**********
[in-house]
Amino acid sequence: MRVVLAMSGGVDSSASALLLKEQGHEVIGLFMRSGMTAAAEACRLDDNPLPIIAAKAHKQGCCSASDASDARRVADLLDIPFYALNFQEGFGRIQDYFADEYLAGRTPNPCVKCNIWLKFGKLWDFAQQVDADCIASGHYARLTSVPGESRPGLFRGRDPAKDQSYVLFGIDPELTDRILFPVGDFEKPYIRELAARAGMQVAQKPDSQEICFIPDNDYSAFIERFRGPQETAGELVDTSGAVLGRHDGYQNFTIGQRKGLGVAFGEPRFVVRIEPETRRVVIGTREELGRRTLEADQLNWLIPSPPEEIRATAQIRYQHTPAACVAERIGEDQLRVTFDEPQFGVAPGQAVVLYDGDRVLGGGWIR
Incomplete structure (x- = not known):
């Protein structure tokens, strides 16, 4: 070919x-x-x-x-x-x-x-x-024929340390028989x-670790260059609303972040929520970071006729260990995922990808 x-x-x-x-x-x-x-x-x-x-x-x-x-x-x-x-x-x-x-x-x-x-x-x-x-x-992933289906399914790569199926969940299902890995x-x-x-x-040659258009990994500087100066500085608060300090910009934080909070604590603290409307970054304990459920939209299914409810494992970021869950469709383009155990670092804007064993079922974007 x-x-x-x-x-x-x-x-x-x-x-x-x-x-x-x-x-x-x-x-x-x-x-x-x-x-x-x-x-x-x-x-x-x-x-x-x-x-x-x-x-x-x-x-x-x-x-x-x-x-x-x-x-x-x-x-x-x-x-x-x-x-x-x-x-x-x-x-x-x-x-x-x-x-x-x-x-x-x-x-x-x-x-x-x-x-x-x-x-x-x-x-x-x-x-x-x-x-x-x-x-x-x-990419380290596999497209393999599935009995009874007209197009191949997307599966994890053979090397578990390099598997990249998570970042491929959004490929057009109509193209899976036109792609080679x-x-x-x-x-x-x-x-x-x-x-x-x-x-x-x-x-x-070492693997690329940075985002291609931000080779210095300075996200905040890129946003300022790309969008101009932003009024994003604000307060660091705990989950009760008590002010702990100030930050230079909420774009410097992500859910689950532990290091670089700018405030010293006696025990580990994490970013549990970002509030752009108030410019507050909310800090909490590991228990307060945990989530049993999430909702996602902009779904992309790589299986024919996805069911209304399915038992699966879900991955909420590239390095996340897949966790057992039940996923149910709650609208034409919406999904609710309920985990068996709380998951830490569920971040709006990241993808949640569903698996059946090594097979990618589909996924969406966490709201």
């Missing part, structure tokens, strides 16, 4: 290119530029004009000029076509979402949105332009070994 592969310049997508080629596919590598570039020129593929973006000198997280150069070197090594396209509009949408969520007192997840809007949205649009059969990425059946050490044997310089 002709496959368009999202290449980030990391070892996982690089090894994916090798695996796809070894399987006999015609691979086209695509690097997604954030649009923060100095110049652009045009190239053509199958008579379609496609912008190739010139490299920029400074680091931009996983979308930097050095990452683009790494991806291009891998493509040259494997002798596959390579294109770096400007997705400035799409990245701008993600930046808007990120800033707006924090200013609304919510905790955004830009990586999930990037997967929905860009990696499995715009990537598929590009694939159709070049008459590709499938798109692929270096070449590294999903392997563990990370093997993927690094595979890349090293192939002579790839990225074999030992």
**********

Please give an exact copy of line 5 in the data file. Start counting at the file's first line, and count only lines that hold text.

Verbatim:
């Missing part, structure tokens, strides 16, 4: 290119530029004009000029076509979402949105332009070994 592969310049997508080629596919590598570039020129593929973006000198997280150069070197090594396209509009949408969520007192997840809007949205649009059969990425059946050490044997310089 002709496959368009999202290449980030990391070892996982690089090894994916090798695996796809070894399987006999015609691979086209695509690097997604954030649009923060100095110049652009045009190239053509199958008579379609496609912008190739010139490299920029400074680091931009996983979308930097050095990452683009790494991806291009891998493509040259494997002798596959390579294109770096400007997705400035799409990245701008993600930046808007990120800033707006924090200013609304919510905790955004830009990586999930990037997967929905860009990696499995715009990537598929590009694939159709070049008459590709499938798109692929270096070449590294999903392997563990990370093997993927690094595979890349090293192939002579790839990225074999030992």